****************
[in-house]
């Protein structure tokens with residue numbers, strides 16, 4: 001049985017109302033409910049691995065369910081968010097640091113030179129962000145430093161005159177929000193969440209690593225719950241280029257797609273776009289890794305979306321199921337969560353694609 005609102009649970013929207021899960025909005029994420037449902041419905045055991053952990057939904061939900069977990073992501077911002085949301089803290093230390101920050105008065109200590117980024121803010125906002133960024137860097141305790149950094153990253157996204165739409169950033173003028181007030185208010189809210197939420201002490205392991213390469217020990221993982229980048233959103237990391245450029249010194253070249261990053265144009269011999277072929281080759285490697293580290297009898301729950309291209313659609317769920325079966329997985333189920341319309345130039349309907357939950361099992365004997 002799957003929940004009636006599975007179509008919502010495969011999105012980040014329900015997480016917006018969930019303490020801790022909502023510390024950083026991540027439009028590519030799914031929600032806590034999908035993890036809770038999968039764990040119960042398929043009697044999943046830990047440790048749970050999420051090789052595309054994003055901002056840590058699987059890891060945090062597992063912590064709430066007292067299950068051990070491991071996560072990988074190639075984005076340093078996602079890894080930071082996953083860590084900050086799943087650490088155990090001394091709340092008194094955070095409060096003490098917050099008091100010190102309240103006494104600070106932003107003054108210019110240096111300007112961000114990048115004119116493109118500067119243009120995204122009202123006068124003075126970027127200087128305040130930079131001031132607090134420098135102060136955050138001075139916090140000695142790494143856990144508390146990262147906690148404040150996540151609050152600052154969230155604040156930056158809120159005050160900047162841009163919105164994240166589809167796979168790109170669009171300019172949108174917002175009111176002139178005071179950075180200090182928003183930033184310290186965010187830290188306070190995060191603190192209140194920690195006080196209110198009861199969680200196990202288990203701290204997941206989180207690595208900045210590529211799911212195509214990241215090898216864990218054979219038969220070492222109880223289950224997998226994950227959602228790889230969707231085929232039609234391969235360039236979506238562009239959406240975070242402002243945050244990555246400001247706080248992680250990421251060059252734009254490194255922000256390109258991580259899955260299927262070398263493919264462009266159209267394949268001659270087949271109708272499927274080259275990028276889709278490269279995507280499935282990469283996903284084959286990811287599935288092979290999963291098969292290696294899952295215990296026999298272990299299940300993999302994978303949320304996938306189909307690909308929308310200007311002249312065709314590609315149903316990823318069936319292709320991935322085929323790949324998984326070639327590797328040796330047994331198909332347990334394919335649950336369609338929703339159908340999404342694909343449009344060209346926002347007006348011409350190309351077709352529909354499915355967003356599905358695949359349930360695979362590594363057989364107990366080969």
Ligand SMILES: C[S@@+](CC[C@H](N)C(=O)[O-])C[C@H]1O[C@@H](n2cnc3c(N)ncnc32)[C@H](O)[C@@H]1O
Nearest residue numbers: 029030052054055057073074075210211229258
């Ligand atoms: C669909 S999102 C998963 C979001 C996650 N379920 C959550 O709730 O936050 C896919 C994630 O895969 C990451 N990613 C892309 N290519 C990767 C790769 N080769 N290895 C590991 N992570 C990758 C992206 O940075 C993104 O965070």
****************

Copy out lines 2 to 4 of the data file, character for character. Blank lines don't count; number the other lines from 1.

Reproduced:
């Protein structure tokens with residue numbers, strides 16, 4: 001049985017109302033409910049691995065369910081968010097640091113030179129962000145430093161005159177929000193969440209690593225719950241280029257797609273776009289890794305979306321199921337969560353694609 005609102009649970013929207021899960025909005029994420037449902041419905045055991053952990057939904061939900069977990073992501077911002085949301089803290093230390101920050105008065109200590117980024121803010125906002133960024137860097141305790149950094153990253157996204165739409169950033173003028181007030185208010189809210197939420201002490205392991213390469217020990221993982229980048233959103237990391245450029249010194253070249261990053265144009269011999277072929281080759285490697293580290297009898301729950309291209313659609317769920325079966329997985333189920341319309345130039349309907357939950361099992365004997 002799957003929940004009636006599975007179509008919502010495969011999105012980040014329900015997480016917006018969930019303490020801790022909502023510390024950083026991540027439009028590519030799914031929600032806590034999908035993890036809770038999968039764990040119960042398929043009697044999943046830990047440790048749970050999420051090789052595309054994003055901002056840590058699987059890891060945090062597992063912590064709430066007292067299950068051990070491991071996560072990988074190639075984005076340093078996602079890894080930071082996953083860590084900050086799943087650490088155990090001394091709340092008194094955070095409060096003490098917050099008091100010190102309240103006494104600070106932003107003054108210019110240096111300007112961000114990048115004119116493109118500067119243009120995204122009202123006068124003075126970027127200087128305040130930079131001031132607090134420098135102060136955050138001075139916090140000695142790494143856990144508390146990262147906690148404040150996540151609050152600052154969230155604040156930056158809120159005050160900047162841009163919105164994240166589809167796979168790109170669009171300019172949108174917002175009111176002139178005071179950075180200090182928003183930033184310290186965010187830290188306070190995060191603190192209140194920690195006080196209110198009861199969680200196990202288990203701290204997941206989180207690595208900045210590529211799911212195509214990241215090898216864990218054979219038969220070492222109880223289950224997998226994950227959602228790889230969707231085929232039609234391969235360039236979506238562009239959406240975070242402002243945050244990555246400001247706080248992680250990421251060059252734009254490194255922000256390109258991580259899955260299927262070398263493919264462009266159209267394949268001659270087949271109708272499927274080259275990028276889709278490269279995507280499935282990469283996903284084959286990811287599935288092979290999963291098969292290696294899952295215990296026999298272990299299940300993999302994978303949320304996938306189909307690909308929308310200007311002249312065709314590609315149903316990823318069936319292709320991935322085929323790949324998984326070639327590797328040796330047994331198909332347990334394919335649950336369609338929703339159908340999404342694909343449009344060209346926002347007006348011409350190309351077709352529909354499915355967003356599905358695949359349930360695979362590594363057989364107990366080969």
Ligand SMILES: C[S@@+](CC[C@H](N)C(=O)[O-])C[C@H]1O[C@@H](n2cnc3c(N)ncnc32)[C@H](O)[C@@H]1O
Nearest residue numbers: 029030052054055057073074075210211229258